Earlier this month, Ireland’s government shared plans to move forward with the implementation of minimum unit pricing for alcohol, joining several other countries that already employ this pricing strategy.

Minimum unit pricing (MUP) sets a “floor price” where vendors must charge a minimum price per unit of alcohol. Therefore, some products will be affected by this change, but some will not.

For example, if one uses the current MUP in Scotland and converts it to American units, a bottle of vodka (750ml or one-fifth of a gallon) contains 30 units of alcohol and must cost at least $19. A bottle of vodka that cost $10 before would now cost $19 following MUP.

More expensive bottles of vodka would not be impacted because they would already be above the floor price. Therefore, MUP is generally used as a strategy to combat binge drinking of cheap, strong alcohol.

Another point to note is that MUP impacts beverages that contain higher levels of alcohol more than those with lower levels. The more alcohol that a beverage contains, the more expensive it will be. Therefore, beverages such as beer with around 5% alcohol by volume will have a lower minimum price than higher percentage alcohol such as vodka, since there are fewer units of alcohol in the beer.

The Price of Alcohol and Its Impact on Alcohol Abuse

In the United States, an estimated 88,000 people die as a result of alcohol-related causes each year. That number jumps to over 3.3 million at the global level.

In 2015, nearly 27% of adults in America had reported engaging in binge drinking within the past month. MUP is an efficient and effective strategy to tackle binge drinking.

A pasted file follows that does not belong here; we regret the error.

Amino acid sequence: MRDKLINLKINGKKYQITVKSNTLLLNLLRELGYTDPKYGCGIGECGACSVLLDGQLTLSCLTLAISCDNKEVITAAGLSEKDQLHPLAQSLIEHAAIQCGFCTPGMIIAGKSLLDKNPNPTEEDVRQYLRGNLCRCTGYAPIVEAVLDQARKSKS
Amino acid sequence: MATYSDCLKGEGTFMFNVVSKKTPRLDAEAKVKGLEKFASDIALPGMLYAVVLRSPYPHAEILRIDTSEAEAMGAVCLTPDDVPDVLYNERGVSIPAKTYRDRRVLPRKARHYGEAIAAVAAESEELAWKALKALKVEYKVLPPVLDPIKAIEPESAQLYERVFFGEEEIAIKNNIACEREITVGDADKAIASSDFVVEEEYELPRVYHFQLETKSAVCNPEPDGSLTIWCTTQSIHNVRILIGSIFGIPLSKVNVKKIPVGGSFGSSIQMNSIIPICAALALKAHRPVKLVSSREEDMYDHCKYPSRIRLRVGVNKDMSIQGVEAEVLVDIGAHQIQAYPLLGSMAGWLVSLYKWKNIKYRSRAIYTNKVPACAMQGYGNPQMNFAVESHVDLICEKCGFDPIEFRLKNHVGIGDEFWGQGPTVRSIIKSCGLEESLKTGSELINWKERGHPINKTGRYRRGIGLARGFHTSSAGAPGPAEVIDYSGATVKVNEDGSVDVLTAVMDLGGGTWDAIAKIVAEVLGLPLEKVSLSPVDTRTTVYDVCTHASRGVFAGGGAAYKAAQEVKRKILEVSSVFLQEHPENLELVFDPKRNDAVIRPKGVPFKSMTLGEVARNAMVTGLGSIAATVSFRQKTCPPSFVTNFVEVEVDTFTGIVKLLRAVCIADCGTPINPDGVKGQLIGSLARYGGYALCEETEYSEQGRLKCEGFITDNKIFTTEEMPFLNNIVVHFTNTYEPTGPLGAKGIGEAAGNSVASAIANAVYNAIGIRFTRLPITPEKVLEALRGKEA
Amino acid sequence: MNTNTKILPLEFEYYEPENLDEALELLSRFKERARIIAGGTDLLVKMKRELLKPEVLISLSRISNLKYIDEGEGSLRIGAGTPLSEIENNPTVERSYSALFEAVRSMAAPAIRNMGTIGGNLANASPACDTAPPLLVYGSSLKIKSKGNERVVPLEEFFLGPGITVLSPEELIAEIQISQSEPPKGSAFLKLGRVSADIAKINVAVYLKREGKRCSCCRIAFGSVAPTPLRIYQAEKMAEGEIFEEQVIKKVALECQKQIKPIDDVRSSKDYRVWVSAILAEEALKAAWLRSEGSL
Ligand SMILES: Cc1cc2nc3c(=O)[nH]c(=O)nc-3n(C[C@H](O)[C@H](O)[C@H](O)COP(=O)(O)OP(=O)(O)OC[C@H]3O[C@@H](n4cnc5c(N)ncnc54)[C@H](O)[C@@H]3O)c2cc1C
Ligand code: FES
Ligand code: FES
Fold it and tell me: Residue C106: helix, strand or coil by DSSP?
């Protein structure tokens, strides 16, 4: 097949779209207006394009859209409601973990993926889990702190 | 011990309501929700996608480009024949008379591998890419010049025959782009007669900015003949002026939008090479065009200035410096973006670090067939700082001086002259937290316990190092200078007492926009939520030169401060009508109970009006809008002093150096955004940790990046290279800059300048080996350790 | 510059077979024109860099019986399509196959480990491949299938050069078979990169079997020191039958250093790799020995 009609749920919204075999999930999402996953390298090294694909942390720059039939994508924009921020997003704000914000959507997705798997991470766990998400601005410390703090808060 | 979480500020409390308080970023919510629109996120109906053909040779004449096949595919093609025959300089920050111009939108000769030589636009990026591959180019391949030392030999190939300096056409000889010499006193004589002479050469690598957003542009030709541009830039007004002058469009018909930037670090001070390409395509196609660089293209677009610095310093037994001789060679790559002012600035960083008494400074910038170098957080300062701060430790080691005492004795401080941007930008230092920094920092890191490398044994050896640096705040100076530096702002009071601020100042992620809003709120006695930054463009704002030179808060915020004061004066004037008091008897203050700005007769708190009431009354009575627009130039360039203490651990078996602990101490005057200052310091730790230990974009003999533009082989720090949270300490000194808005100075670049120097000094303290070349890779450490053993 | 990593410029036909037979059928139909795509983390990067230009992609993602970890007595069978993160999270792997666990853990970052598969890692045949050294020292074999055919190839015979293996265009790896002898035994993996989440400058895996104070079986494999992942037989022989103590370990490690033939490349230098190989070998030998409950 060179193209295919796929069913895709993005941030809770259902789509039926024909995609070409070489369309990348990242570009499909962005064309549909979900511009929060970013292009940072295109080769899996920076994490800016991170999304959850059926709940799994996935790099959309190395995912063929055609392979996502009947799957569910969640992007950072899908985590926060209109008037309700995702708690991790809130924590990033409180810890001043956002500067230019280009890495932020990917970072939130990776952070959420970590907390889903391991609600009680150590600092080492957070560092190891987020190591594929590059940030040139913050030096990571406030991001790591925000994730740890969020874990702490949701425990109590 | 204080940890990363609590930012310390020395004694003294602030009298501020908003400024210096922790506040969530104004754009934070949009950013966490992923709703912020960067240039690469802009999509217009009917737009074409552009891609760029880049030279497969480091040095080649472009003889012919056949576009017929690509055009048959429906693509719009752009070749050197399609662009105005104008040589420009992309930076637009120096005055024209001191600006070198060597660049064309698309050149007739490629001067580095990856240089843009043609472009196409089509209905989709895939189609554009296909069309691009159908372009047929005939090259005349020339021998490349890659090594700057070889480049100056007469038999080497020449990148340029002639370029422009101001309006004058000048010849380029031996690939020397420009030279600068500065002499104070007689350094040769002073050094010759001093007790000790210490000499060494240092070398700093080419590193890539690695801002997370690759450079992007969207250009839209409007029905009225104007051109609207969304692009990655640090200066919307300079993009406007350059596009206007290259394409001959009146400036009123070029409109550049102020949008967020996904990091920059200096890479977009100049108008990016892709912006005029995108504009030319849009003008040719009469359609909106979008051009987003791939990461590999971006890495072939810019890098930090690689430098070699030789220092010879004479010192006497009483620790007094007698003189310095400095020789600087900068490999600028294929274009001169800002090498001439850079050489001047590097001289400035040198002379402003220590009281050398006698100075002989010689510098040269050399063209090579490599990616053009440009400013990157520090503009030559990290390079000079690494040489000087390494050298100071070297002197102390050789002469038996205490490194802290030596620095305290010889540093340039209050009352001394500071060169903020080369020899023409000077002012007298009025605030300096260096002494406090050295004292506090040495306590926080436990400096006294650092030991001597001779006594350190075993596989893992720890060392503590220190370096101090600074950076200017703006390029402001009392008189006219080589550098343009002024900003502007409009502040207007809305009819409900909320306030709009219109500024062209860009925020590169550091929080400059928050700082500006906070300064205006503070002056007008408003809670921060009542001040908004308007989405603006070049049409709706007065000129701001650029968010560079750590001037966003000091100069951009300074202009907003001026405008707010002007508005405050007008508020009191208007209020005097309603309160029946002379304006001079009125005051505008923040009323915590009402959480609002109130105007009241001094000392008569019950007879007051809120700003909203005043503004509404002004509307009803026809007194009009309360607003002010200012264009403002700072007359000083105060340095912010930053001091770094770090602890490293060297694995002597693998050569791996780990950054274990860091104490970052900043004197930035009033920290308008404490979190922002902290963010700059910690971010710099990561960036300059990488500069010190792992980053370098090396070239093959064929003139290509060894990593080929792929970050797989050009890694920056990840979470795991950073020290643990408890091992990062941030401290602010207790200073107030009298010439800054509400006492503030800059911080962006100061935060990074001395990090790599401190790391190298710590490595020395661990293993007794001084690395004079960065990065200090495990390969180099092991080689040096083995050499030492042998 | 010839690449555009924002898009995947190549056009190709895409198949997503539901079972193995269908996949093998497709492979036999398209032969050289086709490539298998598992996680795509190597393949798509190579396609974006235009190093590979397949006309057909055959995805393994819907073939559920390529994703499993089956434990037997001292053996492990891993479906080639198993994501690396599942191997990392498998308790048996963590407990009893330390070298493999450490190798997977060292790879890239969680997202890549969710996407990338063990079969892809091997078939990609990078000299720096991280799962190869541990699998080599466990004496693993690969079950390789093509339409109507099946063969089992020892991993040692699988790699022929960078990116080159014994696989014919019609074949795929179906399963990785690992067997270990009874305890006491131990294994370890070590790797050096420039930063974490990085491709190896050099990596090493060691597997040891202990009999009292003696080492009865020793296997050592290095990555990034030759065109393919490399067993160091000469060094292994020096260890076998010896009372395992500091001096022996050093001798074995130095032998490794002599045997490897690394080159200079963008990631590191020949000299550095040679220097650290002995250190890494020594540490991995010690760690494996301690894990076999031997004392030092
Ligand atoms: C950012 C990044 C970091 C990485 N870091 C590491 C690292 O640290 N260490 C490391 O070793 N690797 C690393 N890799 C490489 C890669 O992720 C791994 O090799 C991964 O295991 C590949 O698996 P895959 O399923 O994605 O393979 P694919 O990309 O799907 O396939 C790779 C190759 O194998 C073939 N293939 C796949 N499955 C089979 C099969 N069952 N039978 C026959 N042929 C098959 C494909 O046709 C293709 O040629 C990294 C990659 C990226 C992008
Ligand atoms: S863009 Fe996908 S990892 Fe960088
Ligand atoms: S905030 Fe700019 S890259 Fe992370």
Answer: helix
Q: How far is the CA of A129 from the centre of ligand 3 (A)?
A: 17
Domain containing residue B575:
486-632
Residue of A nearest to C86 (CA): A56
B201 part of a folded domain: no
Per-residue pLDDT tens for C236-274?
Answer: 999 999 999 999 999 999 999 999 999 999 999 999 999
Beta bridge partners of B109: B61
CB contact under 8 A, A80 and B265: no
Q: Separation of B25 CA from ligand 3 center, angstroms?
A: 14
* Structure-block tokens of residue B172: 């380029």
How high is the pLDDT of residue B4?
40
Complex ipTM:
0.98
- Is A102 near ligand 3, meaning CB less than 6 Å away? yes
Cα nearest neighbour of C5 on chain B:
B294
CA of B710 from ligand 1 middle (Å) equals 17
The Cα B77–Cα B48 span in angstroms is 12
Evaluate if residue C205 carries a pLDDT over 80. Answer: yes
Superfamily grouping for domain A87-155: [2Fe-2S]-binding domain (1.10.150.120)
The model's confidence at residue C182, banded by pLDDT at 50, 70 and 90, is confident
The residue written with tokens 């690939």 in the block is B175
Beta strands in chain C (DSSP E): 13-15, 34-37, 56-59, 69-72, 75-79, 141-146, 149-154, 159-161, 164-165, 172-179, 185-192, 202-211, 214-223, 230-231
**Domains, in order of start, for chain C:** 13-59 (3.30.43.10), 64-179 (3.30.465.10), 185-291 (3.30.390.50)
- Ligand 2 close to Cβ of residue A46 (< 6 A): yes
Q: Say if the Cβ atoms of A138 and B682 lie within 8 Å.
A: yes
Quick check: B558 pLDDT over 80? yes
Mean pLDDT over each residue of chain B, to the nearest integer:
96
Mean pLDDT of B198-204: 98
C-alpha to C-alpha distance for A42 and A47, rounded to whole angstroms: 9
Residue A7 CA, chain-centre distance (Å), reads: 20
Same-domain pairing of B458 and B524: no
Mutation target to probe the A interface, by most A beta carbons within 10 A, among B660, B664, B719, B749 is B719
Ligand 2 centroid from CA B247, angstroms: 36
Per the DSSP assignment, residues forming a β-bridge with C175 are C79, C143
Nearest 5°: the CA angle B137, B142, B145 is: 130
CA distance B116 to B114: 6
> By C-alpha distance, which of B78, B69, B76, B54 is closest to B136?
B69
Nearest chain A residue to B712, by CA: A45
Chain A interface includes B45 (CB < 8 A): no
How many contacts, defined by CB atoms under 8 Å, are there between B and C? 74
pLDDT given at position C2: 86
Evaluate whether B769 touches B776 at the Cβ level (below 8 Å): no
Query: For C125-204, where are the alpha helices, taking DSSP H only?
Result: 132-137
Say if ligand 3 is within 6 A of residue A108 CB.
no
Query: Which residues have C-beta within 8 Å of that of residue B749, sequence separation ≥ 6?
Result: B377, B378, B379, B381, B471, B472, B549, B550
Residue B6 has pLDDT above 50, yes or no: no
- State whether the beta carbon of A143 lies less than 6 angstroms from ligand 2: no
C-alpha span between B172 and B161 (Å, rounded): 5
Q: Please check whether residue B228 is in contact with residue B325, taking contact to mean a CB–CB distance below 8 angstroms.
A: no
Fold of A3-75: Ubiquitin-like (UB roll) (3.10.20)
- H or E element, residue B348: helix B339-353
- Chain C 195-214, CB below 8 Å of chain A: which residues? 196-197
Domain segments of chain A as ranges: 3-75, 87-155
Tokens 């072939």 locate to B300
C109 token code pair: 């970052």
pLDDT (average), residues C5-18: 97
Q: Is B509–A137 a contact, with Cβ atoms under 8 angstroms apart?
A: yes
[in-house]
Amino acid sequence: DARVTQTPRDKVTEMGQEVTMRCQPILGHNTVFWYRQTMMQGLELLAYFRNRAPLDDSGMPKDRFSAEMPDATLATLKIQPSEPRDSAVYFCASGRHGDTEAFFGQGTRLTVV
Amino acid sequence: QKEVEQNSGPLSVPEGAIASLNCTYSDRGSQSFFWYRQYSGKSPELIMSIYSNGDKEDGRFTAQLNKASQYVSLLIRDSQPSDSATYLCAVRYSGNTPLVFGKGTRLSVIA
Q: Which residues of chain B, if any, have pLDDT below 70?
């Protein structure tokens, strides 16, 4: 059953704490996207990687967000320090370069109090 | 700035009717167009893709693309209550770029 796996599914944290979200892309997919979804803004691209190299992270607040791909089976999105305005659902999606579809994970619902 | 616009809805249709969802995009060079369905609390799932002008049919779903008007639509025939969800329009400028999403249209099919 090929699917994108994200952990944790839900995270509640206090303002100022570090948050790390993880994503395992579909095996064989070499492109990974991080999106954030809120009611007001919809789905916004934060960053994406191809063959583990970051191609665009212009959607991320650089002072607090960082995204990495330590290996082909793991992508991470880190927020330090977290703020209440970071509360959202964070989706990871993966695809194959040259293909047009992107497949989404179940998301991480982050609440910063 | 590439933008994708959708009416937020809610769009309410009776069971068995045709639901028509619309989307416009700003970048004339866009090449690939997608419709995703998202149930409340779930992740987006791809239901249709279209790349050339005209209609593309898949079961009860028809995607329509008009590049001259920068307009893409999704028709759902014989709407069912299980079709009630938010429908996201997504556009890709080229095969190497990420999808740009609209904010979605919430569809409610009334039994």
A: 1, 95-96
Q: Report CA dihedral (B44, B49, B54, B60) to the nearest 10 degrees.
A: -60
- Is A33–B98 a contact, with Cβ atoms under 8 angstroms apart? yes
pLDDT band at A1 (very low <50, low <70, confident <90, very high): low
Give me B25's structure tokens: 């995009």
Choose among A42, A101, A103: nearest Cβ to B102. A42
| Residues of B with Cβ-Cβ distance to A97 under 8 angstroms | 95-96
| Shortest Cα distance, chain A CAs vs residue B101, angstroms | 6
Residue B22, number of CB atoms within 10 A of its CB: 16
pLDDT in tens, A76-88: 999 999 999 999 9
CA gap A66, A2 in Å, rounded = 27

Studies have shown a correlation between increases to alcohol price and a reduction in alcohol consumption, suggesting that making alcohol more expensive decreases the amount purchased and consumed.

Additionally, when people drink less, it decreases the consequences of alcohol consumption, like drinking and driving or participating in criminal behavior.

This research suggests that increases in alcohol taxes or minimum unit pricing could be effective strategies for reducing alcohol abuse and the negative consequences that are associated with it.

Countries that Have Already Set a Minimum Unit Price on Alcohol

Several states and countries have already implemented minimum unit pricing on alcohol. Governments usually implement the pricing as a public health initiative, but sometimes other reasons are cited.

For example, in Connecticut, the government allows wholesalers to set the minimum unit prices to prevent companies from selling alcohol below cost. Effectively, this allows smaller stores to stay competitive with large companies that sell in bulk.

Minimum unit pricing is already in place in:

  • Canada
  • Moldova
  • Russia
  • Scotland
  • Ukraine
  • USA (certain states)
  • Uzbekistan

In these countries, research has shown that minimum unit pricing of alcohol leads to lower alcohol sales, in turn improving the health of the public. In the first year of Scotland’s alcohol minimum unit pricing, the volume of alcohol sold fell 3%. The Scottish government estimates that this MUP strategy will save approximately 392 lives over its first five years.

The positive impact that minimum unit pricing strategies have on communities is the best argument for adopting a nationwide minimum unit price in the United States. Any strategy that reduces the amount of harm on individuals and has the potential to save lives should be considered in the fight against alcohol-related issues.

The connection between heavy consumption of high-strength alcohol and negative health effects shows the need for a strategy to combat the devastating impact that cheap, strong alcohol has on communities, and minimum unit pricing is a good place to start.